Robert Parker couldn’t be certain when he enlisted in the Army in November of 1941 that the war that had raged around the world for more than two years would touch the United States. But he knew what he wanted to be doing if it did.
The allure of joining the air corps was enough to persuade him to leave the business administration program at Michigan State College (now University) after two years and get ahead of the draft board. He and three friends from Lansing all set their sights on pilot training, and a month after Pearl Harbor they were doing exactly that.
Parker, Bruce Boylan, H.H. Holloway and Clarice Randall found themselves at Kelly Field, near San Antonio, as the Army Air Forces rushed to get as many new pilots into the air as it could in the months following the December 7 attack. After five weeks of basic military training at Kelly, the newly minted aviation cadets of Class 42-F moved on to flight training. Parker was sent to Corsicana, Texas, the week before Christmas and finally got his chance to take to the air.
Pilot training wasn’t all that occupied the 22-year-old Parker’s mind in the early months of 1942. That February, as noted in the Lansing State Journal, he played host in Corsicana to Miss Margaret Ellen Davies, a former classmate at Central High School who now worked as a typist at the Reo Motor Car Company office in Lansing. By the following summer, the pair would announce their engagement.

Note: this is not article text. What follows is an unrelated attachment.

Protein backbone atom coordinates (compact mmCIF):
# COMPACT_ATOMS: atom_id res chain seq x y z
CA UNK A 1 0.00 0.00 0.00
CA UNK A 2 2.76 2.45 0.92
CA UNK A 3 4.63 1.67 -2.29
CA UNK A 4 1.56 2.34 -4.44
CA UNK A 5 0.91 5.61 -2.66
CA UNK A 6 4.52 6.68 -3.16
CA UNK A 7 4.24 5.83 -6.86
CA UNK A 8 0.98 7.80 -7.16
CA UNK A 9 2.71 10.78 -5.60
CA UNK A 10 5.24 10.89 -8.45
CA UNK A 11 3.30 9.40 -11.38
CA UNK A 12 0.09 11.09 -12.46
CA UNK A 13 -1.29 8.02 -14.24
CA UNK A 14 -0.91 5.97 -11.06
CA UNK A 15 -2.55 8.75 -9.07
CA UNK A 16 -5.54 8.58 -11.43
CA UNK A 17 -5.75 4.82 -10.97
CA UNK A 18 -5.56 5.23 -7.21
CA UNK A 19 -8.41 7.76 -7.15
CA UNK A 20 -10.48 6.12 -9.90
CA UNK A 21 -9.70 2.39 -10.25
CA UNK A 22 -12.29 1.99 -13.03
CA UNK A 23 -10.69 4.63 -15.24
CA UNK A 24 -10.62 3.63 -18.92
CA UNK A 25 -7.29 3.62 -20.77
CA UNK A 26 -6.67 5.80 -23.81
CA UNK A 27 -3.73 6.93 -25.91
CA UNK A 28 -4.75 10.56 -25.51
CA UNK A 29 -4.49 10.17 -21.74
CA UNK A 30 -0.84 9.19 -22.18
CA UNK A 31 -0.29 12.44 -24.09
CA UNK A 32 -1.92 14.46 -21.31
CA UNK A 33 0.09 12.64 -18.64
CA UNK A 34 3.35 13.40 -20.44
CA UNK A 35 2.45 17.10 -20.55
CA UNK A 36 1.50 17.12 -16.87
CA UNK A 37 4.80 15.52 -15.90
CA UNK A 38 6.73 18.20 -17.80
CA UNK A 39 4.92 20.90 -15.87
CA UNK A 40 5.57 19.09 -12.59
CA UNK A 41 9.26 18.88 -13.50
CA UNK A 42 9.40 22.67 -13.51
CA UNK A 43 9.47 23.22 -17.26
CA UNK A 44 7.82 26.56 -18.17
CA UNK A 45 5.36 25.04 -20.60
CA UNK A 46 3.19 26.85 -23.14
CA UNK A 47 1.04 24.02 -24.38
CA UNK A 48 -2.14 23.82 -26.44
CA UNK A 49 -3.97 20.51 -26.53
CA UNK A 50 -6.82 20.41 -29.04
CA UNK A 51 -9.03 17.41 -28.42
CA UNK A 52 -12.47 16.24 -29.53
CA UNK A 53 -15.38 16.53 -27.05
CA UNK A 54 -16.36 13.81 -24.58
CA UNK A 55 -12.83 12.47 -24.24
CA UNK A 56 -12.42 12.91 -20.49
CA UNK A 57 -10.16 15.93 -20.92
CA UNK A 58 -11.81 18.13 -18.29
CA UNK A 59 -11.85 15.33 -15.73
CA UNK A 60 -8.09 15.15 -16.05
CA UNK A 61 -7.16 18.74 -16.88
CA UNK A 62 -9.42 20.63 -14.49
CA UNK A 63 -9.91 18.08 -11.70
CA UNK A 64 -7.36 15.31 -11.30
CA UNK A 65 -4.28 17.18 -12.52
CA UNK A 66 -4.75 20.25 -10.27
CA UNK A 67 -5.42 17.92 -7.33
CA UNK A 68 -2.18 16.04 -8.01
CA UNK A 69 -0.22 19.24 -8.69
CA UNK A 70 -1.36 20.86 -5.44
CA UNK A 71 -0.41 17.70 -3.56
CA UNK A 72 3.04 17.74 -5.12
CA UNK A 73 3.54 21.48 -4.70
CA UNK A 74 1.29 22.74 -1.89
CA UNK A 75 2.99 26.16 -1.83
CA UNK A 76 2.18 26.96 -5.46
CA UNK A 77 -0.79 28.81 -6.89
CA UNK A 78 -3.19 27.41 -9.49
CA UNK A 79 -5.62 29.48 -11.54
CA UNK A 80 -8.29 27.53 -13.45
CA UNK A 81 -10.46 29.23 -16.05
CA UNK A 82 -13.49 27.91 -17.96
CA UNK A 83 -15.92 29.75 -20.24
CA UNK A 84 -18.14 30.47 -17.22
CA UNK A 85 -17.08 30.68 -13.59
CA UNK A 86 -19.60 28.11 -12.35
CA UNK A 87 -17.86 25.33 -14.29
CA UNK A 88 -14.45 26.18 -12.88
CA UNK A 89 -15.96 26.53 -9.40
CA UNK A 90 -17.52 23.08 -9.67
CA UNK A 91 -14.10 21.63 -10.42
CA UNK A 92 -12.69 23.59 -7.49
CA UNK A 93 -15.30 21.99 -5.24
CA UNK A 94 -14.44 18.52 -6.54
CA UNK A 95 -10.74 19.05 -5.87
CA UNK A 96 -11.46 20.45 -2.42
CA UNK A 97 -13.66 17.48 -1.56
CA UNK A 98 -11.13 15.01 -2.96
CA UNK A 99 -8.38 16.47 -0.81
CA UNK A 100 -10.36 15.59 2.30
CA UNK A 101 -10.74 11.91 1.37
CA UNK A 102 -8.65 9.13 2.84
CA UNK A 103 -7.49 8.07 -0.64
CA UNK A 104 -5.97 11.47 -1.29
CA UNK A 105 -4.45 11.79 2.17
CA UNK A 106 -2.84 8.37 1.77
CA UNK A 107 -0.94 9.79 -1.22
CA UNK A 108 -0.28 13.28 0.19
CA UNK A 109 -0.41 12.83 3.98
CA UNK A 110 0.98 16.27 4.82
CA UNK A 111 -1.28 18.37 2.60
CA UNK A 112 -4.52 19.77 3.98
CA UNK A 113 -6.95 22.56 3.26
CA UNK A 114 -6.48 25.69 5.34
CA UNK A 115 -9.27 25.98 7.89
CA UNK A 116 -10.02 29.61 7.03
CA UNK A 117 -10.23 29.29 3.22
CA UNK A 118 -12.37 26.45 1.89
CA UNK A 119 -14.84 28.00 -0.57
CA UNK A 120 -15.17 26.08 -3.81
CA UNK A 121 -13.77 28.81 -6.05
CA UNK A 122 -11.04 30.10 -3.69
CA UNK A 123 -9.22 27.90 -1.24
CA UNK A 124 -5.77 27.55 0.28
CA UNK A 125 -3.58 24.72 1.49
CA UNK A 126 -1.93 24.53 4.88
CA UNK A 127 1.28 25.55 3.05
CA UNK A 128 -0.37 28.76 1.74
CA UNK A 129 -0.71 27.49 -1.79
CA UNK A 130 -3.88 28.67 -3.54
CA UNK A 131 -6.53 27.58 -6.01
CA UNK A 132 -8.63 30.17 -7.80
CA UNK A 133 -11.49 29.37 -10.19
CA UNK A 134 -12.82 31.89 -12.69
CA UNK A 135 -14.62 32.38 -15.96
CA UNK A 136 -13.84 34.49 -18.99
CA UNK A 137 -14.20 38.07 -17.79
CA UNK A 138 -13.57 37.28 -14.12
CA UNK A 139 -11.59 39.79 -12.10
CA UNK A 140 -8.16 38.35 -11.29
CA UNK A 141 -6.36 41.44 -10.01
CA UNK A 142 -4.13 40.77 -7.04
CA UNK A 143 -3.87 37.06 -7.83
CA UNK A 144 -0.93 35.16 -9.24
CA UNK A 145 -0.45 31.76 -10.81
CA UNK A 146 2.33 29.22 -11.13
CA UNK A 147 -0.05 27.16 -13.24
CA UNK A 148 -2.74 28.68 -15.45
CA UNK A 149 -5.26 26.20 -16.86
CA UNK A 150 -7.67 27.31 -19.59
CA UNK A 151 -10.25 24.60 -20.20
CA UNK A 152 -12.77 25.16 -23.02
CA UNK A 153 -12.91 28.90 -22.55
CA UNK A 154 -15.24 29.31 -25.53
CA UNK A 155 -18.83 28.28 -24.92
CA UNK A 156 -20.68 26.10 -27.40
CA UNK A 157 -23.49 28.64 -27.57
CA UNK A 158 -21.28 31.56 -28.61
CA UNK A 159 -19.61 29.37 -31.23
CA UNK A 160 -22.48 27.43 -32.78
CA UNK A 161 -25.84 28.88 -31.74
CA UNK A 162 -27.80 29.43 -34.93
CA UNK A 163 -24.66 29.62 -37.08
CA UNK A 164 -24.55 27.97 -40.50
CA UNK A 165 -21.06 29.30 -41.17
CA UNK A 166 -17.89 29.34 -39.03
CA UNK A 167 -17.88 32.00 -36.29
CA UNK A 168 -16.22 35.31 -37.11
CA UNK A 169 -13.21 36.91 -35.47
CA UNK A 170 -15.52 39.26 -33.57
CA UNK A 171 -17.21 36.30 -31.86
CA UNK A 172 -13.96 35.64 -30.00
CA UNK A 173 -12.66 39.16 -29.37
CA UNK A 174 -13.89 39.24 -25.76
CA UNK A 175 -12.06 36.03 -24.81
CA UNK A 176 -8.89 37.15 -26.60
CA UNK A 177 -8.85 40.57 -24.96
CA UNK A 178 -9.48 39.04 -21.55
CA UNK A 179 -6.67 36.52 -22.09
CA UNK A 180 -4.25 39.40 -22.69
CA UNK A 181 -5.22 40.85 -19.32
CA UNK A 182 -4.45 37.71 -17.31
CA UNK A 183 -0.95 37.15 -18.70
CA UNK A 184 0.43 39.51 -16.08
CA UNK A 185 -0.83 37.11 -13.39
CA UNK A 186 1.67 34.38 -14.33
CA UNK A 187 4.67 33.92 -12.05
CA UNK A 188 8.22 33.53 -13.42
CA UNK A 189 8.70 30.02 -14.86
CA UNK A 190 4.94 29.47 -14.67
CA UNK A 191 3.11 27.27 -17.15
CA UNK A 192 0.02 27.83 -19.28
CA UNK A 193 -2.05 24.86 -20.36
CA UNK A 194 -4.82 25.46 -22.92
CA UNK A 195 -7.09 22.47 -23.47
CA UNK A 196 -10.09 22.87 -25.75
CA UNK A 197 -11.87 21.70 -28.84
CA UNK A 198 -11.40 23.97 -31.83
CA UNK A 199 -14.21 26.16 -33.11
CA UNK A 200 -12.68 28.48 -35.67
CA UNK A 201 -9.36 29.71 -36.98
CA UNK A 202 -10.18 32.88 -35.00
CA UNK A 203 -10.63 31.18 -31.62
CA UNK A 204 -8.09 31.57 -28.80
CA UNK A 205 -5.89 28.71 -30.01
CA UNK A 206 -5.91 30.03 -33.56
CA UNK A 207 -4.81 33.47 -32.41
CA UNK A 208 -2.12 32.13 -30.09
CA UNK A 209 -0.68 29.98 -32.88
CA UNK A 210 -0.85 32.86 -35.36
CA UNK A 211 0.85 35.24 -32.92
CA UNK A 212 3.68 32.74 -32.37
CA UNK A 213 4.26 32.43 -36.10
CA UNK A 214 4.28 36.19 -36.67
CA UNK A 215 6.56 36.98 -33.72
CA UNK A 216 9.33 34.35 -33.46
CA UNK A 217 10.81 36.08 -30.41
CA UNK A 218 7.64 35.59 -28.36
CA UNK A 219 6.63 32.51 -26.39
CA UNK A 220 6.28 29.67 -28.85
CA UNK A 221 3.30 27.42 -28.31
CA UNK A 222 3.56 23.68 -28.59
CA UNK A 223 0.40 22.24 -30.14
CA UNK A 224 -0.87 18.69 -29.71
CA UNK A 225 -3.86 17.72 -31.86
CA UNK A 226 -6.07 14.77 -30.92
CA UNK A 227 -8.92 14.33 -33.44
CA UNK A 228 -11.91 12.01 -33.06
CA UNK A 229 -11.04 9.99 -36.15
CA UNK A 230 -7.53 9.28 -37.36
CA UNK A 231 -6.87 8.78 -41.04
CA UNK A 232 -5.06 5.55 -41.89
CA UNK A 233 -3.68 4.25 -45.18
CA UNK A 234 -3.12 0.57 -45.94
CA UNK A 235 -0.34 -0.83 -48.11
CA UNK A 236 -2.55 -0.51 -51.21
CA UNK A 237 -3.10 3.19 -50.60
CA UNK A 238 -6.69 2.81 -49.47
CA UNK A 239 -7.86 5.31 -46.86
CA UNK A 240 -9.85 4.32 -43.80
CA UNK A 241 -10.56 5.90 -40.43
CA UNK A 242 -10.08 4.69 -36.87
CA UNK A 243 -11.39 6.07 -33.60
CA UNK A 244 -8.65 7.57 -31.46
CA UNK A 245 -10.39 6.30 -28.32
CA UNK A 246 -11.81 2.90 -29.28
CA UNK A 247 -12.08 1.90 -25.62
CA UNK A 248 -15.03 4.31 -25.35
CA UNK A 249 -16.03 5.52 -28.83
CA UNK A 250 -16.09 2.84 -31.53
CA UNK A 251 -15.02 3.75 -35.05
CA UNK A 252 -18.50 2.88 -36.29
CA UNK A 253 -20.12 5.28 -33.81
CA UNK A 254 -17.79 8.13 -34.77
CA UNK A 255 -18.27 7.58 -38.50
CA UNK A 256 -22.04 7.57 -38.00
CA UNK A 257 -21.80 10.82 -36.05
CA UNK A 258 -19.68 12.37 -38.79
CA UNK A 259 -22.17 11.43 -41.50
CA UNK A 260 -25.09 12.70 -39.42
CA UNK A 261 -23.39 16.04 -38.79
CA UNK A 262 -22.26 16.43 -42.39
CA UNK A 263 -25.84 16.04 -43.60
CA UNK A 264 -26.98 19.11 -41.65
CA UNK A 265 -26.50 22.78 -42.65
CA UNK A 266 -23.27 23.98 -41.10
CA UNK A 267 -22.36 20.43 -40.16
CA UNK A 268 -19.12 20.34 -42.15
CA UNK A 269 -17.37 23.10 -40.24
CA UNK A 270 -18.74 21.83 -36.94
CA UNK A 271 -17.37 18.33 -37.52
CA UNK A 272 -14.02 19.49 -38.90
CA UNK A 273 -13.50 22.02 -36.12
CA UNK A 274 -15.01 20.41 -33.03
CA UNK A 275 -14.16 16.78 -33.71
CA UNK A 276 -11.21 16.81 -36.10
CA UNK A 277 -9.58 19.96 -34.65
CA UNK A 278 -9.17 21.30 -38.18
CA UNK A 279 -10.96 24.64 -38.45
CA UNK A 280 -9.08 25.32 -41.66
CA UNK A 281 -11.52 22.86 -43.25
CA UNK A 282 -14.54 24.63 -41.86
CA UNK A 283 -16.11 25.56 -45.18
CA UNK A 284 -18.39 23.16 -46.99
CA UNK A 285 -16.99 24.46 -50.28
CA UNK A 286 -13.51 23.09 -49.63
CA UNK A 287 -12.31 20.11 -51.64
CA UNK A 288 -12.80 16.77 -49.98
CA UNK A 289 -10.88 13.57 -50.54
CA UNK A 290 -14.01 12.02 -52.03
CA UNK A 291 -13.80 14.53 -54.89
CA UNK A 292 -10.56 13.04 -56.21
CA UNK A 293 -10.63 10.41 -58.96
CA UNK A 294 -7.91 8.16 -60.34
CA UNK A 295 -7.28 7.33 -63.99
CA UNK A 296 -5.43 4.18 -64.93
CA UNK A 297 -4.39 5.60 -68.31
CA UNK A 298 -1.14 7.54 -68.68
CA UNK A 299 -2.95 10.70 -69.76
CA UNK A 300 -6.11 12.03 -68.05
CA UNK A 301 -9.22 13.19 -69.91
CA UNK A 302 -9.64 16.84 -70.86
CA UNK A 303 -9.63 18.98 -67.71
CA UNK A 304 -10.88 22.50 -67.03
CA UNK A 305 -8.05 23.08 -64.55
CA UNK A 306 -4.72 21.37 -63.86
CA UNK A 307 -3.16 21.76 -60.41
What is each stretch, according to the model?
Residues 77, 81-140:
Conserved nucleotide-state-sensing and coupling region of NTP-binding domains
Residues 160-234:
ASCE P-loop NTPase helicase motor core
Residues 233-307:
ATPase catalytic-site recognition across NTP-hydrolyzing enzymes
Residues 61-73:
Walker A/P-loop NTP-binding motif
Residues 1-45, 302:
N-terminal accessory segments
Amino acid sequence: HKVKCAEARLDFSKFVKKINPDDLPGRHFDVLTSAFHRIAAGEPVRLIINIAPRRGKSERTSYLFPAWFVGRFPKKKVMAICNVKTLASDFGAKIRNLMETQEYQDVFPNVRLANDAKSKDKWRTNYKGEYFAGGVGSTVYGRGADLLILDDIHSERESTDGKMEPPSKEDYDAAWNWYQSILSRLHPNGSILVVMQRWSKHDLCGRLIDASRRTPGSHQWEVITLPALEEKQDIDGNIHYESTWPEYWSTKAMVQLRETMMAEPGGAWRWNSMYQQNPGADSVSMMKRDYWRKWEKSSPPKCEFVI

Her departure allowed Parker to return to the task at hand, and by July he had earned his wings, finishing pilot training alongside Boylan at Foster Field in Victoria, Texas. Holloway and Randall also graduated with their class and all were commissioned into the Army Air Forces.
Parker was able to return home to Lansing in August 1942 before moving to his first duty station in North Carolina. After stops on the west coast and in Australia, Parker eventually joined the 8th Fighter Group’s 35th Fighter Squadron in New Guinea in 1943.
The island just off Australia’s northeast coast was a hotly contested battleground in the Southwest Pacific. The Japanese and the Allies each had bases on the island, with Japan controlling the northern coast and the Australians and Americans keeping a foothold in the east and southeast.
The initial base for the 35th was in Port Moresby, and the squadron switched from P-39 fighters to the newer P-40N-5 Warhawks not long after 1st Lt. Parker arrived. He quickly demonstrated his worth, earning the air medal in late spring and adding an oak leaf cluster by early October for participating in at least 50 operational flight missions. He also earned a Distinguished Flying Cross.
That fall, the 35th spent much of its time patrolling the Ramu Valley from the airstrip at Nadzab, about 200 miles north of Port Moresby. Lt. Dick West of the 35th described the valley as “a flat, wide, and hot place,” and tree-covered foothills ran along either side.
On the morning of November 15, 1943, West, Parker and six other pilots from the 35th were assigned to patrol to the northwest along the valley, covering the area around the villages of Kaiapit and Lae. The sun was moving up in the sky around 10 a.m. when West spotted a formation of Japanese planes headed in the opposite direction, presumably headed to bomb the Allied base at Nadzab. West counted 24 Mitsubishi Ki-21 “Sally” bombers and 30 to 35 Mitsubishi A6M fighters – better known as Zeroes, or “Zekes” in the official Army jargon.
Despite the Japanese group’s vast numerical superiority, the Americans swung into the attack. West recounted climbing at a Sally from underneath and raking it with the P-40’s six .50-caliber machine guns. It wasn’t until that bomber fell out of formation that the Americans got the Zeroes’ full attention.